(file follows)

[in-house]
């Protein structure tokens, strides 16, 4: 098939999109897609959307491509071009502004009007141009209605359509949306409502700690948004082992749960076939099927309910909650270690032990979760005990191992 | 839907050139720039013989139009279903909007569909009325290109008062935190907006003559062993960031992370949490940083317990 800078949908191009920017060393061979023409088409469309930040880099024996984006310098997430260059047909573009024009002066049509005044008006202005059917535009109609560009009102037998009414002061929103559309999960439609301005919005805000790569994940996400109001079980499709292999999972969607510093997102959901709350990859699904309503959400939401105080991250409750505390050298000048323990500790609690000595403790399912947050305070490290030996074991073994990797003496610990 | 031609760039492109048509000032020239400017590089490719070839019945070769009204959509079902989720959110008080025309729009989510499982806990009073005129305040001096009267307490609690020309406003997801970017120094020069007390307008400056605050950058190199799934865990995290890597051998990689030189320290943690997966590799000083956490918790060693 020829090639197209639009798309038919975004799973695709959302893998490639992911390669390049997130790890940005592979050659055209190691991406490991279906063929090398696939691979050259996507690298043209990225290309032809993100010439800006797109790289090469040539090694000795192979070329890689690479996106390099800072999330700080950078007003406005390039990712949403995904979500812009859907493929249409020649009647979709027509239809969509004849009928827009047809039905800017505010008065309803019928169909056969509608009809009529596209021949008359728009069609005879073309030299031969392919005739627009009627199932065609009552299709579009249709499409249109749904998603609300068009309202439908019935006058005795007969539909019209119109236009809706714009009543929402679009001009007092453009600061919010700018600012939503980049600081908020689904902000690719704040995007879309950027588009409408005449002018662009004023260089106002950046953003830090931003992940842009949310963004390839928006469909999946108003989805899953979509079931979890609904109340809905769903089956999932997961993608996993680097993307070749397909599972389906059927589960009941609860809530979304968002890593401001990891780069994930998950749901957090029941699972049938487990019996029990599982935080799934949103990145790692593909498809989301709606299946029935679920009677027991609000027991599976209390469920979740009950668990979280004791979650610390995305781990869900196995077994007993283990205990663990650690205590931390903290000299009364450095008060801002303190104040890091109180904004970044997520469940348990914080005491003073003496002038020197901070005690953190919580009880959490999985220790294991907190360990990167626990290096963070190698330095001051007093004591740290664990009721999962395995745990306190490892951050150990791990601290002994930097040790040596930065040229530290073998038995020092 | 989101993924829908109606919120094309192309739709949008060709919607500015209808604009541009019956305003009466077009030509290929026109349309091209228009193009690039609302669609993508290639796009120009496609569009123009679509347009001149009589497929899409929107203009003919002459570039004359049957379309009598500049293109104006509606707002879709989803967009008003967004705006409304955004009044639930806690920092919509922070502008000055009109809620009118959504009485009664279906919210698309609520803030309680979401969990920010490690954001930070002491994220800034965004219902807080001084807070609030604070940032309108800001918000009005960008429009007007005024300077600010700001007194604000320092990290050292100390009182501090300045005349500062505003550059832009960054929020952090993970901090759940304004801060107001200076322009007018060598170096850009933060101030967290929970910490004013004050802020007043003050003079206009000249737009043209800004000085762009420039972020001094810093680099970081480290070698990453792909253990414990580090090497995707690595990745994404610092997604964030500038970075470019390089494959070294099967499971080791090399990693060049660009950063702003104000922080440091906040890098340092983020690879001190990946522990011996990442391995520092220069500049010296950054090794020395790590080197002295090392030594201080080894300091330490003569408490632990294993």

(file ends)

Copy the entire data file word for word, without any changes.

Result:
[in-house]
């Protein structure tokens, strides 16, 4: 098939999109897609959307491509071009502004009007141009209605359509949306409502700690948004082992749960076939099927309910909650270690032990979760005990191992 | 839907050139720039013989139009279903909007569909009325290109008062935190907006003559062993960031992370949490940083317990 800078949908191009920017060393061979023409088409469309930040880099024996984006310098997430260059047909573009024009002066049509005044008006202005059917535009109609560009009102037998009414002061929103559309999960439609301005919005805000790569994940996400109001079980499709292999999972969607510093997102959901709350990859699904309503959400939401105080991250409750505390050298000048323990500790609690000595403790399912947050305070490290030996074991073994990797003496610990 | 031609760039492109048509000032020239400017590089490719070839019945070769009204959509079902989720959110008080025309729009989510499982806990009073005129305040001096009267307490609690020309406003997801970017120094020069007390307008400056605050950058190199799934865990995290890597051998990689030189320290943690997966590799000083956490918790060693 020829090639197209639009798309038919975004799973695709959302893998490639992911390669390049997130790890940005592979050659055209190691991406490991279906063929090398696939691979050259996507690298043209990225290309032809993100010439800006797109790289090469040539090694000795192979070329890689690479996106390099800072999330700080950078007003406005390039990712949403995904979500812009859907493929249409020649009647979709027509239809969509004849009928827009047809039905800017505010008065309803019928169909056969509608009809009529596209021949008359728009069609005879073309030299031969392919005739627009009627199932065609009552299709579009249709499409249109749904998603609300068009309202439908019935006058005795007969539909019209119109236009809706714009009543929402679009001009007092453009600061919010700018600012939503980049600081908020689904902000690719704040995007879309950027588009409408005449002018662009004023260089106002950046953003830090931003992940842009949310963004390839928006469909999946108003989805899953979509079931979890609904109340809905769903089956999932997961993608996993680097993307070749397909599972389906059927589960009941609860809530979304968002890593401001990891780069994930998950749901957090029941699972049938487990019996029990599982935080799934949103990145790692593909498809989301709606299946029935679920009677027991609000027991599976209390469920979740009950668990979280004791979650610390995305781990869900196995077994007993283990205990663990650690205590931390903290000299009364450095008060801002303190104040890091109180904004970044997520469940348990914080005491003073003496002038020197901070005690953190919580009880959490999985220790294991907190360990990167626990290096963070190698330095001051007093004591740290664990009721999962395995745990306190490892951050150990791990601290002994930097040790040596930065040229530290073998038995020092 | 989101993924829908109606919120094309192309739709949008060709919607500015209808604009541009019956305003009466077009030509290929026109349309091209228009193009690039609302669609993508290639796009120009496609569009123009679509347009001149009589497929899409929107203009003919002459570039004359049957379309009598500049293109104006509606707002879709989803967009008003967004705006409304955004009044639930806690920092919509922070502008000055009109809620009118959504009485009664279906919210698309609520803030309680979401969990920010490690954001930070002491994220800034965004219902807080001084807070609030604070940032309108800001918000009005960008429009007007005024300077600010700001007194604000320092990290050292100390009182501090300045005349500062505003550059832009960054929020952090993970901090759940304004801060107001200076322009007018060598170096850009933060101030967290929970910490004013004050802020007043003050003079206009000249737009043209800004000085762009420039972020001094810093680099970081480290070698990453792909253990414990580090090497995707690595990745994404610092997604964030500038970075470019390089494959070294099967499971080791090399990693060049660009950063702003104000922080440091906040890098340092983020690879001190990946522990011996990442391995520092220069500049010296950054090794020395790590080197002295090392030594201080080894300091330490003569408490632990294993």